Benefits for Low Income Older Veterans 

July 18, 2018

Hi all, 

Prior to joining Volunteers of Legal Service as the Elderly Project Director, I spent the last seven years providing free legal services to New York City’s low income veterans, active duty service members and their families. One of the things I discovered in working with that community is that there are so many people who served our nation that may be eligible for benefits from the United States Department of Veterans Affairs (VA), but they don’t know it.

A surprising statistic about New York State’s veterans is how many of them are over the age of 60. According to 2016 US Census numbers, there are 838,129 veterans residing in New York State. Of those veterans, 509,413 of them are over the age of 60! This is a huge population of aging veterans who served our country during World War II, the Korean War, and the Vietnam War. As these senior veteran age, we want to ensure they get every benefit they earned from their service.

When it comes to low income seniors who served, the benefit that many are likely to be eligible for is the Veterans Pension. The Veterans Pension is a tax-free monetary benefit payable to low-income wartime Veterans who are either elderly or disabled. In order to determine whether a senior veteran you are working with is eligible for a Veterans Pension you want to look at a few factors.

First, does their service qualify?

Generally, a veteran must have served at least 90 days of active duty service, with at least one day of service during a wartime period. For those who entered active duty after September 7, 1980, generally they must have served at least 24 months or the full period for which they were called or ordered to active duty, with at least one day of service during a wartime period.

The VA recognizes the following wartime periods to determine eligibility for VA Pension benefits:

World War II (December 7, 1941 – December 31, 1946)

Korean conflict (June 27, 1950 – January 31, 1955)

Vietnam era (February 28, 1961 – May 7, 1975 for Veterans who served in the Republic of Vietnam during that period; otherwise August 5, 1964 – May 7, 1975)

Gulf War (August 2, 1990 – through a future date to be set by law or Presidential Proclamation)

This does not mean that the veteran must have seen combat or have been in a war-zone in order to be eligible. It only means that the veterans must have served at least one day during any of the period of time above.

Second, do they have the proper military discharge status?

In order to be eligible for a VA Pension, the veteran must have been discharged from the  military with either an Honorable discharge, a general under honorable conditions discharge, a general discharge or the proper character of discharge determination from the VA.  Many senior veterans might not remember their discharge status or might not have records of their military service. You can assist them in obtaining their military discharge papers, also known as the DD-214 Form, which will have all the information needed in order to determine eligibility for the Veterans Pension and other benefits as well. A senior veteran get their DD214 Form from the National Archives. Here is more information about how to obtain these crucial documents:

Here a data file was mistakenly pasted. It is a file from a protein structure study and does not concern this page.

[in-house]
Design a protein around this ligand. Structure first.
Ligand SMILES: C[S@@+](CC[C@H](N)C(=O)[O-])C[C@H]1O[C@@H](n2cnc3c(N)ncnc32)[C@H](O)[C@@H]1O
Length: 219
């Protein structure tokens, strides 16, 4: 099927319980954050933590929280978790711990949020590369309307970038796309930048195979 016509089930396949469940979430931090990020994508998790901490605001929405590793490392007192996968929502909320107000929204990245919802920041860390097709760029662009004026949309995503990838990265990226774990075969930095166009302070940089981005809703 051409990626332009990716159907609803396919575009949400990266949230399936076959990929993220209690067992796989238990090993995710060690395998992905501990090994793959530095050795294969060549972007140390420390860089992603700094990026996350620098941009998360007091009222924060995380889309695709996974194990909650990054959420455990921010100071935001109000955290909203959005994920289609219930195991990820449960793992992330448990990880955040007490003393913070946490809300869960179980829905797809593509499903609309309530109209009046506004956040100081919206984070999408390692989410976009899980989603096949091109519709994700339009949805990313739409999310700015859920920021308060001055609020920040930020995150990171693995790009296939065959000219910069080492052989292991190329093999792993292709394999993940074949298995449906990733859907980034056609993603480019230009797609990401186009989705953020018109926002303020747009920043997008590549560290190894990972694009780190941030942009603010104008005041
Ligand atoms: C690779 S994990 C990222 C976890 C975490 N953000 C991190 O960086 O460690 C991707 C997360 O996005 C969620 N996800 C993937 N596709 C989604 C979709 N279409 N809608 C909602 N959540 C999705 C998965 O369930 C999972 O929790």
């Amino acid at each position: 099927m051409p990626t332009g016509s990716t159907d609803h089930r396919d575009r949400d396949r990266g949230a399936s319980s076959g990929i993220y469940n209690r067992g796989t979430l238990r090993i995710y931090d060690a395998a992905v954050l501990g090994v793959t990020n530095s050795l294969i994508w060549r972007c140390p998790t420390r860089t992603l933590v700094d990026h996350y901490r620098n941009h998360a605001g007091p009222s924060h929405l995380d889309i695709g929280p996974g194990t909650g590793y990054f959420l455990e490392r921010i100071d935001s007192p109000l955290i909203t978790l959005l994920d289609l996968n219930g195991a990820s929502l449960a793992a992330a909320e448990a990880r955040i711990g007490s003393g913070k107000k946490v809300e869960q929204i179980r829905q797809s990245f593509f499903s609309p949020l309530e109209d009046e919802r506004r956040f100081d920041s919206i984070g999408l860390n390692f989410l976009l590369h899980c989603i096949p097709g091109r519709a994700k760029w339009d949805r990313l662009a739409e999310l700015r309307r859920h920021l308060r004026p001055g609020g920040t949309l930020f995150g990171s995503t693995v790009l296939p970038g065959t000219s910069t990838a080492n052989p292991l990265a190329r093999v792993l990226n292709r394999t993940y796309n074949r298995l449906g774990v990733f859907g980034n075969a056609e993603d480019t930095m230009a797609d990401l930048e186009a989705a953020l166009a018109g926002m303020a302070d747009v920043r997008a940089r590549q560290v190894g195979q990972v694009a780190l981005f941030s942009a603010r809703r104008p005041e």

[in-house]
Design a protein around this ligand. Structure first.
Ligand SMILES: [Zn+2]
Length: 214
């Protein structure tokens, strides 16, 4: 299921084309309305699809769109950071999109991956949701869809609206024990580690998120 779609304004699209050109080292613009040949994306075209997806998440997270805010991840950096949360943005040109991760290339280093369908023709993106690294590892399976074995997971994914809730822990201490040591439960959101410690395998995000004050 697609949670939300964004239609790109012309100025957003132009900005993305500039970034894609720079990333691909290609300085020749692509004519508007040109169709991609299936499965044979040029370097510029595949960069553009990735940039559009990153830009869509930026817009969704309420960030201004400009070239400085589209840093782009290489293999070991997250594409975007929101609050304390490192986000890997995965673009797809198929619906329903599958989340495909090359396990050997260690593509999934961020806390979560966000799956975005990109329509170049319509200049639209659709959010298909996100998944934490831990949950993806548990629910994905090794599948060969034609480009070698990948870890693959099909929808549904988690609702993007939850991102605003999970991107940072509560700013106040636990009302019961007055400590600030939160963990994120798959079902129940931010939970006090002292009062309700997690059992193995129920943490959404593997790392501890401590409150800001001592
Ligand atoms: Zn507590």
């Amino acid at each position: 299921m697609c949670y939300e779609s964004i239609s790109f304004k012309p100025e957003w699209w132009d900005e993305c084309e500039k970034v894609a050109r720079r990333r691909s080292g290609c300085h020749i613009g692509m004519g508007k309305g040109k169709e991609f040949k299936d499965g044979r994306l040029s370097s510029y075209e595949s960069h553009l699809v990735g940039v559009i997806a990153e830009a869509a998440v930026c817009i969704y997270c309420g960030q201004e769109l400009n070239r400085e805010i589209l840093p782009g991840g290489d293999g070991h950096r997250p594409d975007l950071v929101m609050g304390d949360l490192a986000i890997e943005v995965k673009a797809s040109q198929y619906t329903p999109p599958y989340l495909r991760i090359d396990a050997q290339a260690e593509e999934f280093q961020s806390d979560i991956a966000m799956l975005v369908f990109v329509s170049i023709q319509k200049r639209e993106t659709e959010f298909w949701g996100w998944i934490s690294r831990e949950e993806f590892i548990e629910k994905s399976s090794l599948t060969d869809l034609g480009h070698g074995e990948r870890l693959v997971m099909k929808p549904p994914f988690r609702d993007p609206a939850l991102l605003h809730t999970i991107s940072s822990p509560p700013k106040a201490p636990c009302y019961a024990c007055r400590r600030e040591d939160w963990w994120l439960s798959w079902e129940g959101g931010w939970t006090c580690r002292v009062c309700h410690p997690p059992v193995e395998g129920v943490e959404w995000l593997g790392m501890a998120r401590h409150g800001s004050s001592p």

Third, are they considered elderly or disabled by the VA?

 In addition to meeting minimum service requirements, the Veteran must be: 

• Age 65 or older, OR

• Totally and permanently disabled, OR

• A patient in a nursing home receiving skilled nursing care, OR

• Receiving Social Security Disability Insurance, OR

• Receiving Supplemental Security Income

 Lastly, are they financially eligible for a Veterans Pension?

 The Veterans Pension is reserved for low income veterans. The VA looks at a veteran’s annual income in determining if they are low enough income to qualify. For a single veteran the maximum income they are allowed is $13,166 per year and that number is $17,241 per year if the veteran has one dependent. In other words, so long as a qualified veteran has less than $1,097 per month in income they would be financially eligible for a Veterans Pension.

 To give  a common example, if you have a qualified veteran who is receiving SSI and SSP benefits (which total $837 per month) they would be eligible for a Veterans Pension and they could see their income increase from $837 per month to $1097 per month. The benefit can increase to up to $1,830 per month if the veteran is in need of the aid and attendance of another person.

These benefits can make a huge difference for a low income New Yorker. 

Veterans can apply for the Veteran Pension by filling out and submitting  the VA’s  “Application for Pension” Form (VA Form 21P-527EZ ) available here: or by applying online:

 I know that the qualification criteria for this and other VA benefits can seem daunting, but the first step in determining whether your client may be eligible for benefits is asking them whether they served in the military. If the answer is yes, I would be more than happy to explore with you what benefits your client might be eligible for stemming from their military service.

 All the best,


Peter Kempner
Elderly Project Director
Volunteers of Legal Service
40 Worth Street, Suite 820
New York, NY 10013
Tel.: 347-521-5704
Fax: 347-521-5738